Threadneedle Street is a street in the City of London, between Bishopsgate at its northeast end and Bank junction in the southwest. It is one of nine streets that converge at Bank. The street is famous as the site of the Bank of England; the bank itself is often called 'the Old Lady of Threadneedle Street' and has been based at its current location since 1734. The London Stock Exchange was also situated on Threadneedle Street until 2004 when it relocated to Paternoster Square. The Baltic Exchange was founded in the Virginia and Baltick Coffee House on Threadneedle Street in 1744; it is now located on St. Mary Axe.
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In addition to the Bank of England, there are a number of shops, banks, restaurants and offices located on Threadneedle Street. The Merchant Taylors' Hall, home of the Worshipful Company of Merchant Taylors, has occupied a site off Threadneedle Street since 1347. It is said that is here that the British national anthem was sung, in private, in 1607 for the first time, conducted by John Bull.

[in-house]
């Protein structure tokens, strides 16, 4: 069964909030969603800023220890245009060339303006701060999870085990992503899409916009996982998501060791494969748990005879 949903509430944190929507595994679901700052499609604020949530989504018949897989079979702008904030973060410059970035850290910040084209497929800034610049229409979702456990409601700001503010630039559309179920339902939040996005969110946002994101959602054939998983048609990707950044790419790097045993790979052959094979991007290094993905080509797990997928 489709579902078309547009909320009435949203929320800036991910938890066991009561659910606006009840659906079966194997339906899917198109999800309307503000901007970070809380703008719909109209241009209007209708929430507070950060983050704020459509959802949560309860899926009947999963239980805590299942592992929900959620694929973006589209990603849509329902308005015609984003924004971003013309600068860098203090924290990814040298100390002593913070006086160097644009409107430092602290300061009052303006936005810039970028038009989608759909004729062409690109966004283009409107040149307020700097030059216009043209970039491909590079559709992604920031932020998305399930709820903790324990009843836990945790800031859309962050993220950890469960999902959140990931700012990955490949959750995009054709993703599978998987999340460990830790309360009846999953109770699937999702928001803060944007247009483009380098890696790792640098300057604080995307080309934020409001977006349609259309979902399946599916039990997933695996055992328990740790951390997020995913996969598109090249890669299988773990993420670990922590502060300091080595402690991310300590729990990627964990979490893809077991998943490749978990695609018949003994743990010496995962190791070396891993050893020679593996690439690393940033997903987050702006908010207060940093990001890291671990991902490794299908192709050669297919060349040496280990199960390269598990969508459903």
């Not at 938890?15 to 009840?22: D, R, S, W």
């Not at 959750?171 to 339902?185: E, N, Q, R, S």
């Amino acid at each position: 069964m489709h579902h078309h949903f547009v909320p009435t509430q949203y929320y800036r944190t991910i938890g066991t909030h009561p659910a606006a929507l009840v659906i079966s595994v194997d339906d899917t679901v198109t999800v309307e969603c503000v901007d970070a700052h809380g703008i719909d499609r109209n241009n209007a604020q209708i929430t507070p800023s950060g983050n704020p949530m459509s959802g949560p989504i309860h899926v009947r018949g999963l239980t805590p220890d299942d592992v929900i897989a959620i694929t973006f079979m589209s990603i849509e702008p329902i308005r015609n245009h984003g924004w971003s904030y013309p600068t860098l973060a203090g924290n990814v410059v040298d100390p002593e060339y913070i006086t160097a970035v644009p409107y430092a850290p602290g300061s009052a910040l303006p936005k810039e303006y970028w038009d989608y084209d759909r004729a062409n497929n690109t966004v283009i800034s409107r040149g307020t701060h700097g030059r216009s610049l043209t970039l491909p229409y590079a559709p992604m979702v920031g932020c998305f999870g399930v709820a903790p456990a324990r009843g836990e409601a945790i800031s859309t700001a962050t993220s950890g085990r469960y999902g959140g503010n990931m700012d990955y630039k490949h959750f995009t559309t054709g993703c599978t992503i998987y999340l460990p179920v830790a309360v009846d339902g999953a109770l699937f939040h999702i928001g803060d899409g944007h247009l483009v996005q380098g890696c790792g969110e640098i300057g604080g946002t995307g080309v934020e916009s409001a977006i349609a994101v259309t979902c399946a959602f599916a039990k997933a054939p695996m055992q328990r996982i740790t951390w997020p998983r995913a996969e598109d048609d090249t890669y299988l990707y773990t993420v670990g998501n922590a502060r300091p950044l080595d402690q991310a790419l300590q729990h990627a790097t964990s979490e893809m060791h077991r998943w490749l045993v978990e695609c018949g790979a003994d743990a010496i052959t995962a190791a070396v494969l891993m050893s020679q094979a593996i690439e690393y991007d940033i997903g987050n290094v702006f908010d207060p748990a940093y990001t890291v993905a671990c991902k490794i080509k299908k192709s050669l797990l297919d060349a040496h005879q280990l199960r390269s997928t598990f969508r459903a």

The headquarters of the South Sea Company was located on the street from 1711 to the 1850s. The nearest London Underground station is Bank. London's first bus service ran between Threadneedle Street and Paddington from 1829. Today, the street is served by bus routes 8, 11, 23, 26, 133, 242, and 388.